From the floor of Congress to city halls in small towns, the outcry is growing – we must stop deaths from opioid overdose! One would say this is good news; policymakers at all levels are paying attention, regardless of party affiliation, background, or size of the governing body. But if you listen closely to what is being said, the news might not be so great. In fact, one might even hear the rumblings of a new “war on drugs” taking shape.
Yes, the smuggling of fentanyl into the United States has sharply risen which has led to increased overdoses and deaths. And, yes, fentanyl is found in most street drugs today. In fact, the United States Drug Enforcement Administration (DEA) reports that 42% of pills tested for fentanyl contained at least 2 mg of fentanyl, considered a potentially lethal dose. These are facts we must reckon with, but we must be ardent in advocating against a return to failed policies.
Congressmen and women decried the tragedy of deaths from opioids when congress convened for the 2023 session, but whom did they blame for the increase in the supply of this deadly substance? They blamed individuals; the most vulnerable individuals – immigrants seeking refuge from crime-ridden countries with poor economies. Putting the politics of immigration aside, it is important to note where these policymakers believe change should happen to end this crisis. Even though a mere .02% of individuals seeking asylum or crossing the border illegally between legal ports of entry are found to have fentanyl on their person, many lawmakers find it easy to blame the actions of individuals, rather than examining a global failure to address addiction. They believe that if we can just keep “those people” from brining drugs to us, the crisis will be over.
In reality, fentanyl comes into the United States via legal ports of entry by experienced couriers of the illegal drug trade. According to Sanho Tree, Director of the Drug Policy Project at the Institute for Policy Studies, “Most fentanyl is seized at legal border crossings smuggled in all sorts of cargo; not carried on the backs of migrants. Drug traffickers deal with professionals, not amateurs, and they prefer U.S. citizens,” he said.
So why are legislators so apt to believe that, if we can only interdict enough individuals, we can police our way out of this crisis? I believe it begins with a complete disconnect about how addiction works. Lawmakers can’t possibly believe we can arrest and incarcerate a large majority of people buying and selling drugs, yet this concept continues to be enticing to them. This is rooted in the mistaken belief that arrest and incarceration have a significant deterrent value to people who have an addiction. This makes zero sense when put into the context of addiction. A study from 2016, well before the explosive news coverage about opioid deaths, found that 53% of study participants perceived fentanyl presence in their drugs either half, most, or all of the time. Thus, the consideration of possible or even probable death did not deter use. Why then would fear of incarceration significantly impact use patterns?
Nevertheless, in May 2022, Florida passed HB 95 which Increases the mandatory minimum sentence for trafficking fentanyl from three years to seven years for 4-14 grams, and from 15 to 20 years for 14-28 grams. Louisiana passed “Millie’s Law” which says that when a person is convicted of unlawfully distributing heroin or fentanyl, or a mixture containing either, which is the direct cause of serious bodily injury, the person will face a prison sentence of five to 40 years and the offense is classified as a crime of violence. Kentucky recently passed a law increasing mandatory prison time for those found guilty of bringing fentanyl into the state with the intent to sell or distribute and last March, Wisconsin enacted a law making “manufacturing, distributing, or delivering” any amount of fentanyl a felony. Clearly frustrated lawmakers have thrown their hands up in despair and are falling back on old ways that failed to work in the 1980s.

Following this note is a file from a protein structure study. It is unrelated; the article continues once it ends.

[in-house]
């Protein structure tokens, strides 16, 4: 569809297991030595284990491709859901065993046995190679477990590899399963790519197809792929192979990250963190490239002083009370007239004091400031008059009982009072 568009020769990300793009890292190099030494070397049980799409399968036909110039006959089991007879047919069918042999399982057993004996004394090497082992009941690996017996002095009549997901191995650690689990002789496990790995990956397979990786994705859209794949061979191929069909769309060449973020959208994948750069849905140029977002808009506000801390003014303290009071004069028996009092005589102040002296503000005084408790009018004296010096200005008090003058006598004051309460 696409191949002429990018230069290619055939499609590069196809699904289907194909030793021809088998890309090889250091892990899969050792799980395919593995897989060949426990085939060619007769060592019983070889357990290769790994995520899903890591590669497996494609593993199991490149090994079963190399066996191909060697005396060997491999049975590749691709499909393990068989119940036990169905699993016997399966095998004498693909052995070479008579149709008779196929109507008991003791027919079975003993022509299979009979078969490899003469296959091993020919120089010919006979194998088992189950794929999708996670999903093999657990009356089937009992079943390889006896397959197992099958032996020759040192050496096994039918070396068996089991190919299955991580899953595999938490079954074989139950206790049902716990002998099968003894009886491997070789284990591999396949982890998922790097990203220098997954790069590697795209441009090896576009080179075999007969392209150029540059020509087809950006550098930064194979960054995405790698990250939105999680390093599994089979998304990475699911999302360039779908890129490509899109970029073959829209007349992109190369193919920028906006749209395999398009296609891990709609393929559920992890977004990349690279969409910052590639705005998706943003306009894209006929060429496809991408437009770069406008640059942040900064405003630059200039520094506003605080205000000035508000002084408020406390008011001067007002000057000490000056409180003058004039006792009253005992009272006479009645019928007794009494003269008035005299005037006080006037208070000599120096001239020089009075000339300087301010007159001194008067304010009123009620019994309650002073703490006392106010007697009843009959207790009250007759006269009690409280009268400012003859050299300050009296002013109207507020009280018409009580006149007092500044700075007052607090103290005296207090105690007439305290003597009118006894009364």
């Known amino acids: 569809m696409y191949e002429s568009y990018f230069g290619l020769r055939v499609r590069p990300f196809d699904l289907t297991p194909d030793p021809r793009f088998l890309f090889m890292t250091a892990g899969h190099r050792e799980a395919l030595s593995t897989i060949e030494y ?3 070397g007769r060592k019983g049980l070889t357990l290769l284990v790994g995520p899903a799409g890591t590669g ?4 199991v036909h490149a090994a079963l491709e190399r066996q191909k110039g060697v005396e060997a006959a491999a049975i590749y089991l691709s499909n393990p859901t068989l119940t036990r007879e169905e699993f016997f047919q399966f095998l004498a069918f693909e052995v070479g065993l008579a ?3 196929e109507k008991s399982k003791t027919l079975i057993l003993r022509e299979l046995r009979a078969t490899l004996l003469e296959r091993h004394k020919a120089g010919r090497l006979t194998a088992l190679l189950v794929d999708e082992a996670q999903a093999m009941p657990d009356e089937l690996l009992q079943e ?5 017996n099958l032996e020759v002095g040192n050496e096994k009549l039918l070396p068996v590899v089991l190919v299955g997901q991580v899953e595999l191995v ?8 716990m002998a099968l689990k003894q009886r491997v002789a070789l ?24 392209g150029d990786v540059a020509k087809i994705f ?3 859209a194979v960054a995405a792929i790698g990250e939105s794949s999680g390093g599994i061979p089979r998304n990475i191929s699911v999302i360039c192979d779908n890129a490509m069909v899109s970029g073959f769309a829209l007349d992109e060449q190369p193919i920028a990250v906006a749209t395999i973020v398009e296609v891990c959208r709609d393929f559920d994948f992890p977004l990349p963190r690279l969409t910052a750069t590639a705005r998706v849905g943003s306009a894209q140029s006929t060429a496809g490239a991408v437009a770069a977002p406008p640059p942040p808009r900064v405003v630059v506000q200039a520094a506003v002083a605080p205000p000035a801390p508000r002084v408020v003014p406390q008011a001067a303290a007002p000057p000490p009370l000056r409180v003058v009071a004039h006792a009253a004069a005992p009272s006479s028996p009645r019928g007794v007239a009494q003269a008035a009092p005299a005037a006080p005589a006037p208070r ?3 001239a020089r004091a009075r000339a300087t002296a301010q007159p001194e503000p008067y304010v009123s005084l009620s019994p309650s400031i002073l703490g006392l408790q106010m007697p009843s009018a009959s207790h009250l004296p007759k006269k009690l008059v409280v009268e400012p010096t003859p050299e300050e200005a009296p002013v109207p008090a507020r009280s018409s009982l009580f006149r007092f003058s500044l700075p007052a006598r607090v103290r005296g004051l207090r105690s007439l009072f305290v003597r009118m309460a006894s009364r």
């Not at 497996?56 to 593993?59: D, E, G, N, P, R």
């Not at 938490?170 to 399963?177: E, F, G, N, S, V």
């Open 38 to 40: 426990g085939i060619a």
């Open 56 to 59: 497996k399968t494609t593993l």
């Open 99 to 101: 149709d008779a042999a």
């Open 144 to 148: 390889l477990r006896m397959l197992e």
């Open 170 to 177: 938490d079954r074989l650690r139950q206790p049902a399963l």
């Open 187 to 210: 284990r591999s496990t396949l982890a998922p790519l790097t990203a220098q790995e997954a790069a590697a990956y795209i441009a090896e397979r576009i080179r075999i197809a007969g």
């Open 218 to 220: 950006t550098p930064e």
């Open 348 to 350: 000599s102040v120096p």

For those in the profession for as long as I have been this is a familiar feeling, a terrible sense of Déjà Vu. As the opioid/stimulant epidemic shows no signs of cresting it is incumbent on professionals and people in the recovering community to find their footing; wake up to the dangers of the new war on drugs, and be vocal at every level. We know that addiction is a public health issue, not a law enforcement problem. We know that more people die from alcohol use disorder every year than from opioid use disorder and that the substance is not the problem. We must unite and educate policymakers because we also know those who do not learn history are doomed to repeat it.
Pete Nielsen is the President and Chief Executive Officer for the California Consortium of Addiction Programs and Professionals (CCAPP), CCAPP Credentialing, CCAPP Education Institute and the Behavioral Health Association of Providers (BHAP), and Publisher of Counselor Magazine
CCAPP is the largest statewide consortium of addiction programs and professionals, and the only one representing all modalities of substance use disorder treatment programs. BHAP is the leading and unifying voice of addiction-focused treatment programs nationally.
Mr. Nielsen has worked in the substance use disorders field for 20 years. In addition to association management, he brings to the table experience as an interventionist, family recovery specialist, counselor, administrator, and educator, with positions including campus director, academic dean, and instructor.
Mr. Nielsen is the secretary of the International Certification and Reciprocity Consortium, and the publisher for Counselor magazine. He is a nationally known speaker and writer published in numerous industry-specific magazines. Mr. Nielsen holds a Master of Arts in counseling psychology and a Bachelor of Science in business management.